U.N. and international aid agencies warn the assault on Yemen's main port of Hodeidah by Saudi-backed government forces threatens the lives of hundreds of thousands of people and puts millions more at risk of starvation and disease.
The port not only imports crucial humanitarian relief supplies, but is also the main entry point for traded commercial goods, according to Filippo Grandi, the U.N. High Commissioner for Refugees.
"This is how Yemen survives. Fuel, food, medicines, at least these three big areas. And I think that fighting will make it more difficult for that access to happen, so that is very worrying," Grandi said. "Military response is aggravating the humanitarian catastrophe of Yemen. This continues to be not the biggest displacement crisis, but the biggest humanitarian crisis of the world. I think this will make it worse."
Monday, the United Nations evacuated its international staff from Hodeidah in anticipation of the attack.
Several days ago, the International Committee of the Red Cross withdrew 71 members of its international staff from Yemen, following threats and the killing of one of its employees. ICRC Regional Director Robert Mardini says the push for Hodeidah is likely to exacerbate an already catastrophic situation in Yemen.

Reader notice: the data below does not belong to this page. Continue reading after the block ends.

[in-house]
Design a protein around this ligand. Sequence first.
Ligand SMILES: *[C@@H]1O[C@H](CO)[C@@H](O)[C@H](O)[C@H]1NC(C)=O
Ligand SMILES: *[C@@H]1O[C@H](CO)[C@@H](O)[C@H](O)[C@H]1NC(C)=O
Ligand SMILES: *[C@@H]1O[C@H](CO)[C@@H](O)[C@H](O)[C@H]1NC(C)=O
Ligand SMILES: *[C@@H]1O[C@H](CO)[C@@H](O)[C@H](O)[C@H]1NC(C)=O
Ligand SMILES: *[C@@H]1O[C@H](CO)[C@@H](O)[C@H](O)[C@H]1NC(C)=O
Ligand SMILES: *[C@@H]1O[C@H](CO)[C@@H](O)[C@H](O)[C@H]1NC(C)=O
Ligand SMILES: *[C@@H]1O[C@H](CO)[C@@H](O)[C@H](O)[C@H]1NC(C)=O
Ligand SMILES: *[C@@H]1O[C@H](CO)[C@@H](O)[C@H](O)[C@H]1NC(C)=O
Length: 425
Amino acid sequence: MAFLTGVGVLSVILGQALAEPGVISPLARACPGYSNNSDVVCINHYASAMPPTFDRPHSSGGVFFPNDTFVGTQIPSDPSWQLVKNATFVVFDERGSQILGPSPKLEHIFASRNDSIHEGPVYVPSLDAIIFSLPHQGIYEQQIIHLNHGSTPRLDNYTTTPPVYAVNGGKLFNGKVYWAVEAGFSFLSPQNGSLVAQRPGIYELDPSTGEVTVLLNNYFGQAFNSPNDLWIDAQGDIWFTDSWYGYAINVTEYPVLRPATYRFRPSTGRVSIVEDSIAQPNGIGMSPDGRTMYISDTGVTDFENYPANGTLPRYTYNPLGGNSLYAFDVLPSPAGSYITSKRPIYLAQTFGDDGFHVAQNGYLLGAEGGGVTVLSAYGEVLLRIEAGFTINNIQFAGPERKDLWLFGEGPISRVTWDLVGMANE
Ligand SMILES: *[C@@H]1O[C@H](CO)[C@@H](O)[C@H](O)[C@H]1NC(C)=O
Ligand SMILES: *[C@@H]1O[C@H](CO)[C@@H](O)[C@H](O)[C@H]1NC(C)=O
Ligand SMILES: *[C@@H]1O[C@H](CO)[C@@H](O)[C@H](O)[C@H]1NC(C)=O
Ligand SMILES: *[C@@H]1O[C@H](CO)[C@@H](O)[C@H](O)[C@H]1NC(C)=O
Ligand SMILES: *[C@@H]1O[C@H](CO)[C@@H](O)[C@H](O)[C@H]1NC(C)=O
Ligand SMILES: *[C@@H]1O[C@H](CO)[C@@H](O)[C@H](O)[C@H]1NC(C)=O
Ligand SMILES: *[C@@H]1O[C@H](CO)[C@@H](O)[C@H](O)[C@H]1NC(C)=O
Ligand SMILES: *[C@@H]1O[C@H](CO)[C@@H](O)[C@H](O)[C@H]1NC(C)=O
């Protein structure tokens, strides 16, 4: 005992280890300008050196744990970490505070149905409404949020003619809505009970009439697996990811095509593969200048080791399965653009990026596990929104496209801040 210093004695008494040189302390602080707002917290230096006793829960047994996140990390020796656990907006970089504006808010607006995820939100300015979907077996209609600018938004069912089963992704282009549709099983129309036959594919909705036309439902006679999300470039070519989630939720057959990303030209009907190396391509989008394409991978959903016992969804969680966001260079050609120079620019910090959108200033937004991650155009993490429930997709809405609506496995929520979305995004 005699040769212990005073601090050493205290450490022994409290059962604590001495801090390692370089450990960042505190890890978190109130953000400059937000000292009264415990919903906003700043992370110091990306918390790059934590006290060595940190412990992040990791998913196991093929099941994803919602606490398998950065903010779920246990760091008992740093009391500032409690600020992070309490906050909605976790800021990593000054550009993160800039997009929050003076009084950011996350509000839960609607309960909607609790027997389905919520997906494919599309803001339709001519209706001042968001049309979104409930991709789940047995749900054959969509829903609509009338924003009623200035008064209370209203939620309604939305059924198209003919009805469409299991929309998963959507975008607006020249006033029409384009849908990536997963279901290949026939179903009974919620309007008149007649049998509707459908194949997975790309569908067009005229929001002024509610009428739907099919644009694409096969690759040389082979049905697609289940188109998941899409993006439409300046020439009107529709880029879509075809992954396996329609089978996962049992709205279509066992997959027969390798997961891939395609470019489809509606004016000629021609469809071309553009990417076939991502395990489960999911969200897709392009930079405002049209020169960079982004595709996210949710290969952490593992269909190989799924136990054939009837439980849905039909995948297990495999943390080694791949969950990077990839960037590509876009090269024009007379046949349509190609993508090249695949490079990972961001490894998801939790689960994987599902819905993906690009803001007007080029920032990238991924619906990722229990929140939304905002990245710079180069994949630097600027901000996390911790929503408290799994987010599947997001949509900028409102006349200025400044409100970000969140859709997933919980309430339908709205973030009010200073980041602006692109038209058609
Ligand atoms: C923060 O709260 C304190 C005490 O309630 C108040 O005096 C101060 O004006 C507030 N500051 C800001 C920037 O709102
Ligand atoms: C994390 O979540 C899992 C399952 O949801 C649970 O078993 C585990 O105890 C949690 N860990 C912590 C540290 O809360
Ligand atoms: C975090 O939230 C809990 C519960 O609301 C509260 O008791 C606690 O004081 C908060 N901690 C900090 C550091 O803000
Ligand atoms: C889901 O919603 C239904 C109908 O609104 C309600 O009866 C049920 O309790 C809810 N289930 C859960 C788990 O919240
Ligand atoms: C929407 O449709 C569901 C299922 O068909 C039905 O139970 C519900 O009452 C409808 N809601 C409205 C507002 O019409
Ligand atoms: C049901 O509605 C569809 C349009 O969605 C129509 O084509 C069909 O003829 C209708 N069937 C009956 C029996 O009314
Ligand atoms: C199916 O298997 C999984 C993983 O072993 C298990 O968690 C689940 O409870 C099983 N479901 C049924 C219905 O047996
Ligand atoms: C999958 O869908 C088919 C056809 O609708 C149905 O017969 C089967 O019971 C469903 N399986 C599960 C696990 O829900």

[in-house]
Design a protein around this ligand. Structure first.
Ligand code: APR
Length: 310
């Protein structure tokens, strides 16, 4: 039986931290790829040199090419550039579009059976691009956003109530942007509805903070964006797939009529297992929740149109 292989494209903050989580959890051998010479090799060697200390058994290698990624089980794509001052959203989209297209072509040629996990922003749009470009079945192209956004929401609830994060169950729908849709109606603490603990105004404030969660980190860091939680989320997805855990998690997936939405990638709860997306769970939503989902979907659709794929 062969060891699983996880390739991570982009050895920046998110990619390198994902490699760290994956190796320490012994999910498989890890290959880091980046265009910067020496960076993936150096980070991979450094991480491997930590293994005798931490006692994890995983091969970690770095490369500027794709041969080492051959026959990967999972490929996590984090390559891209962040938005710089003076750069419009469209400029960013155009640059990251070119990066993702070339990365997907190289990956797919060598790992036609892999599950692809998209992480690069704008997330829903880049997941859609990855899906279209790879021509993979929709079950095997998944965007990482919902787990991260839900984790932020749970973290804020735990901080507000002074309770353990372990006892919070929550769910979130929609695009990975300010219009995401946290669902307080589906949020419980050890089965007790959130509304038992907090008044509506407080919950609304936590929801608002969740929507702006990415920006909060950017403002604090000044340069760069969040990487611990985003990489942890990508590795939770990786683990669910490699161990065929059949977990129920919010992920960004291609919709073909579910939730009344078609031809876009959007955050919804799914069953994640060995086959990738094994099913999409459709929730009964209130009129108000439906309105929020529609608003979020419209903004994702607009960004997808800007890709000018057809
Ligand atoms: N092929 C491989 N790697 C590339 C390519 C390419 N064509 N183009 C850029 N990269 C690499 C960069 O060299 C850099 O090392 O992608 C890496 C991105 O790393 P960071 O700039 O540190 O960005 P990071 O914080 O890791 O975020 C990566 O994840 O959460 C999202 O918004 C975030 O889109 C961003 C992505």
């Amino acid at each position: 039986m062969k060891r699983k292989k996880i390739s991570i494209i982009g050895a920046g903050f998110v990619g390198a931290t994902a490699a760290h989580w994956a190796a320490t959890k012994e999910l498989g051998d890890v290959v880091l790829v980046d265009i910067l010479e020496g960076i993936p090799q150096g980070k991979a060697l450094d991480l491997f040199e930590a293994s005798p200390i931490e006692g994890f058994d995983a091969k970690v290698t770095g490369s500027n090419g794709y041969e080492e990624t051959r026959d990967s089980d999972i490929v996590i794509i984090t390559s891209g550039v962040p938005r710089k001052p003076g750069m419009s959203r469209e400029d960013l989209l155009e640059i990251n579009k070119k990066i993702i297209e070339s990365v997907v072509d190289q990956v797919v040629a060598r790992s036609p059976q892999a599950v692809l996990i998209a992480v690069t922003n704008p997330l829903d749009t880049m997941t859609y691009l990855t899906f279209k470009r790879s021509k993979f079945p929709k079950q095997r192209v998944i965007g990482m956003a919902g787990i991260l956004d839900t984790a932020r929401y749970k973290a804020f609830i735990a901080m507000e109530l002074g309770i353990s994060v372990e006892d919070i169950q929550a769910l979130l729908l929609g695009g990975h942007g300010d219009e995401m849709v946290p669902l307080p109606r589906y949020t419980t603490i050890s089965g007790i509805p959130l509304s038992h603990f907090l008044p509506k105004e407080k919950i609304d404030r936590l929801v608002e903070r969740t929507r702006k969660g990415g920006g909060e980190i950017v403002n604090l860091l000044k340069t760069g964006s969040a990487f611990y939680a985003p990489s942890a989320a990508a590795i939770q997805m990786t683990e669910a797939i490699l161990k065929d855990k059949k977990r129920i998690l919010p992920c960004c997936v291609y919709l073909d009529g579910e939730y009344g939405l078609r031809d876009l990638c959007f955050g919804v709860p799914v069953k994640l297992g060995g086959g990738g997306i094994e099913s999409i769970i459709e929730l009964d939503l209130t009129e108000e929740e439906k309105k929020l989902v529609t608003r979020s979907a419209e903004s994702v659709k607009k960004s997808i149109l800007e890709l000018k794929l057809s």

Since March 2015, when the Saudi-led coalition began bombing Houthi rebels in support of the government, more than 10,000 people — mostly civilians — have been killed. The United Nations estimates 22 million people are in need of humanitarian aid, about 8 million face starvation, and outbreaks of diseases are putting countless others at risk of death.
The U.N. children's fund warns that at least 300,000 children who live the Hodeidah area are in imminent danger. In addition, it notes 11 million children throughout the war-torn country are in need of humanitarian aid.
Choking off the lifeline provided by the port of Hodeidah will have devastating consequences for every one of them, the U.N. children's fund says.